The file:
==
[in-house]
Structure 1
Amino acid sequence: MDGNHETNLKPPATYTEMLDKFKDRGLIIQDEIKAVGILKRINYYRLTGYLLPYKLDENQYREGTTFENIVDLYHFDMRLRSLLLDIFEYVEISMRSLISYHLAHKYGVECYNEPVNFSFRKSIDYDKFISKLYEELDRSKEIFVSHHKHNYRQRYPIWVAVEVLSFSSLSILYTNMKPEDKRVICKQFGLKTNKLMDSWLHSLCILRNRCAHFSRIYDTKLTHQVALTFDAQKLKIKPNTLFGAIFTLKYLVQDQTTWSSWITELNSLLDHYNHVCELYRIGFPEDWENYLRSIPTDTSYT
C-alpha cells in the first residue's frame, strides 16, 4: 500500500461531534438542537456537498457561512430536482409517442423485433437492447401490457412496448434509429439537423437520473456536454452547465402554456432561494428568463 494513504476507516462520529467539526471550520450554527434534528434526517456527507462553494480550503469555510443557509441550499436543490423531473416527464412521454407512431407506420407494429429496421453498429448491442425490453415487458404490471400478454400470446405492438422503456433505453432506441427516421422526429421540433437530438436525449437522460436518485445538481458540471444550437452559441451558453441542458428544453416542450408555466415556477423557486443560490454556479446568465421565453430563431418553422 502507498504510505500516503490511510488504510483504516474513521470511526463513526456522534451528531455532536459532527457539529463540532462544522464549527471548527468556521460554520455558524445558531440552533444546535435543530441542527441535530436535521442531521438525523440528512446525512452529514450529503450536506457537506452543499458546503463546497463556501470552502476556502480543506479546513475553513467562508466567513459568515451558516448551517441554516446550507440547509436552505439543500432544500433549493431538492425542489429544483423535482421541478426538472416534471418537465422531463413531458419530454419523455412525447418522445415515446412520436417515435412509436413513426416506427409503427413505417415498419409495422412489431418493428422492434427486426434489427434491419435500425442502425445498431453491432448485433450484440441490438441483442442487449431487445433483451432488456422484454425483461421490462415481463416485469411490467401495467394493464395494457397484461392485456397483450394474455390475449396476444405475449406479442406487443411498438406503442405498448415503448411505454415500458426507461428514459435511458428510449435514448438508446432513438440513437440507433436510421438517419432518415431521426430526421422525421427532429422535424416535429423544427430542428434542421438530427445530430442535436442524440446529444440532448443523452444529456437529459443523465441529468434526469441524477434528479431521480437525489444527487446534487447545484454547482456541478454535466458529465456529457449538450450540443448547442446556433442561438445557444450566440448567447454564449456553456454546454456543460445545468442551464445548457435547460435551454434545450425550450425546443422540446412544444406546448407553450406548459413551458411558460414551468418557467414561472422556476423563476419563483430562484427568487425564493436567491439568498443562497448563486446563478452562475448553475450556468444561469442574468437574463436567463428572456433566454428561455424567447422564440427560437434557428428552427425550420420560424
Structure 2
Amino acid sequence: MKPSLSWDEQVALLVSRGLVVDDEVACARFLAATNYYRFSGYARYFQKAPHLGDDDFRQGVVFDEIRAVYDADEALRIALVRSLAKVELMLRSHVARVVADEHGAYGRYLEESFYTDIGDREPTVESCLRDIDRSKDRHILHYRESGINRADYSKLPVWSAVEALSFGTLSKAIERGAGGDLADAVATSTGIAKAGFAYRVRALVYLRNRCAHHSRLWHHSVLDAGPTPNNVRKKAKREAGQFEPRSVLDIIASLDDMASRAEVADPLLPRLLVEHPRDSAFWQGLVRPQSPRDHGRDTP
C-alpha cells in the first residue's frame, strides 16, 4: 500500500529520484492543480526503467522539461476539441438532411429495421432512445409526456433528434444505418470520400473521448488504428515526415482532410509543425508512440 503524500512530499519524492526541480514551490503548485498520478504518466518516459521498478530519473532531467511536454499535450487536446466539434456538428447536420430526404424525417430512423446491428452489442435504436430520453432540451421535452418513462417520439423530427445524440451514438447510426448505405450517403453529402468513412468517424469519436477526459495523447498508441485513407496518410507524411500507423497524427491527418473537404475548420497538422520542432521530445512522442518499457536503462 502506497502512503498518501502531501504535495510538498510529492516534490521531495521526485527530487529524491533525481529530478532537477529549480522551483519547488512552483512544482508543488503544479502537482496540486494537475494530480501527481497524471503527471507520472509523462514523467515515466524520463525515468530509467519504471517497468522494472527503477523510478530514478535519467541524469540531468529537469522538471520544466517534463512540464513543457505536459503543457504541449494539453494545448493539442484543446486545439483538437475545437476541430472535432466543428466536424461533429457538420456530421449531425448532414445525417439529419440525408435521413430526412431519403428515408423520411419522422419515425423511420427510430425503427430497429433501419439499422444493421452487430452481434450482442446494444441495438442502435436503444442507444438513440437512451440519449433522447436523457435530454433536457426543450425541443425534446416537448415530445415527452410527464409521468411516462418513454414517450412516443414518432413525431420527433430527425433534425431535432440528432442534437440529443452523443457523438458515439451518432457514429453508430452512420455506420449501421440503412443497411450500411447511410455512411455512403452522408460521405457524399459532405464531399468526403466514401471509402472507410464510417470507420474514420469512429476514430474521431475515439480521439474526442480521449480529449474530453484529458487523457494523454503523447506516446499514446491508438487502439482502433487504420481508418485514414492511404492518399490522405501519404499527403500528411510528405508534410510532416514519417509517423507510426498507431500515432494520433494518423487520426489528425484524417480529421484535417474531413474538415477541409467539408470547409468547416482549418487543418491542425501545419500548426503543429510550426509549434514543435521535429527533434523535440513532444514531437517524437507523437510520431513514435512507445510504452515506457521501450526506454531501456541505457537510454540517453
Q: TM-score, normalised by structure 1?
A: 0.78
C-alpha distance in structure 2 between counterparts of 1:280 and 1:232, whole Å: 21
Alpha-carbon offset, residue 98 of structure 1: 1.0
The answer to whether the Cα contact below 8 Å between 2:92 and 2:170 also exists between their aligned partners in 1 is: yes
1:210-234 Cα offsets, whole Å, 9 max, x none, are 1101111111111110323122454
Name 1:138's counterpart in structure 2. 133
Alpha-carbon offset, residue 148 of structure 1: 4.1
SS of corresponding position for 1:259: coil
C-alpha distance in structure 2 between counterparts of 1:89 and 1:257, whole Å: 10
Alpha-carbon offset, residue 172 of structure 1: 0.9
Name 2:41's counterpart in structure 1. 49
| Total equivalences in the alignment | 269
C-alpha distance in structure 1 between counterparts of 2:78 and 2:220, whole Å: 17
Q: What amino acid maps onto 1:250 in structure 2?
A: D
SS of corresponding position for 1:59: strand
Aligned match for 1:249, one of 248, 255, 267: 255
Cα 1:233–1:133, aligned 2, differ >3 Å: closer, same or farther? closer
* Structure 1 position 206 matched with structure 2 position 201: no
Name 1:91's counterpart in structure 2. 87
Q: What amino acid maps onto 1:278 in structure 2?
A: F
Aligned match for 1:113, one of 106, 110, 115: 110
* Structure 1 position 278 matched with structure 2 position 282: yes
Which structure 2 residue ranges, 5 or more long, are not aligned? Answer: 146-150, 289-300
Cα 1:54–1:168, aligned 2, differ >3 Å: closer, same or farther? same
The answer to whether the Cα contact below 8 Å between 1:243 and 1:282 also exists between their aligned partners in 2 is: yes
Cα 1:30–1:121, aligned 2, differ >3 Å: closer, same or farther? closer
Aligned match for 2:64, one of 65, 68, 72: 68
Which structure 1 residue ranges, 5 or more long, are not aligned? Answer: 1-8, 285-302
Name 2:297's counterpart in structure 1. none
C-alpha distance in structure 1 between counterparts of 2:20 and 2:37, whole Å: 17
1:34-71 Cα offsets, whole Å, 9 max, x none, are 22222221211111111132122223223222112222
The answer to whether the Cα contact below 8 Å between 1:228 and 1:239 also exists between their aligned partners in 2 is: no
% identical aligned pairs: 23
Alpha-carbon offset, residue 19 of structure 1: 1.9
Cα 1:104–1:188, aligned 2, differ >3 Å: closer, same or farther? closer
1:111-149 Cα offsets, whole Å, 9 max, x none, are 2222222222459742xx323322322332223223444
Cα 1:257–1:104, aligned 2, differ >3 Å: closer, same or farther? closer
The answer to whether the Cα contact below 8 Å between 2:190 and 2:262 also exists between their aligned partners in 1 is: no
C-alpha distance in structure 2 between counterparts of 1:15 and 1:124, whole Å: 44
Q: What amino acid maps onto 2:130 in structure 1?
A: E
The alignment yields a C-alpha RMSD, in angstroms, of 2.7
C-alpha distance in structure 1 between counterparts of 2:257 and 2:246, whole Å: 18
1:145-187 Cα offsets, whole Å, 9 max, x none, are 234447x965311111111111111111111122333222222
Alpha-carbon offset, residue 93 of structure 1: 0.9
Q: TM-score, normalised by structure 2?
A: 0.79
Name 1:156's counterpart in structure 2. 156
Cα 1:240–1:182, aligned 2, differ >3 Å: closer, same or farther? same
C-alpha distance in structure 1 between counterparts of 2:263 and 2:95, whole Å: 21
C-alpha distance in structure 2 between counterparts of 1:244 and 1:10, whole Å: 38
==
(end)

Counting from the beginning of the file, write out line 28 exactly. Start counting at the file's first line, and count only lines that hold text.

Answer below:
Name 1:91's counterpart in structure 2. 87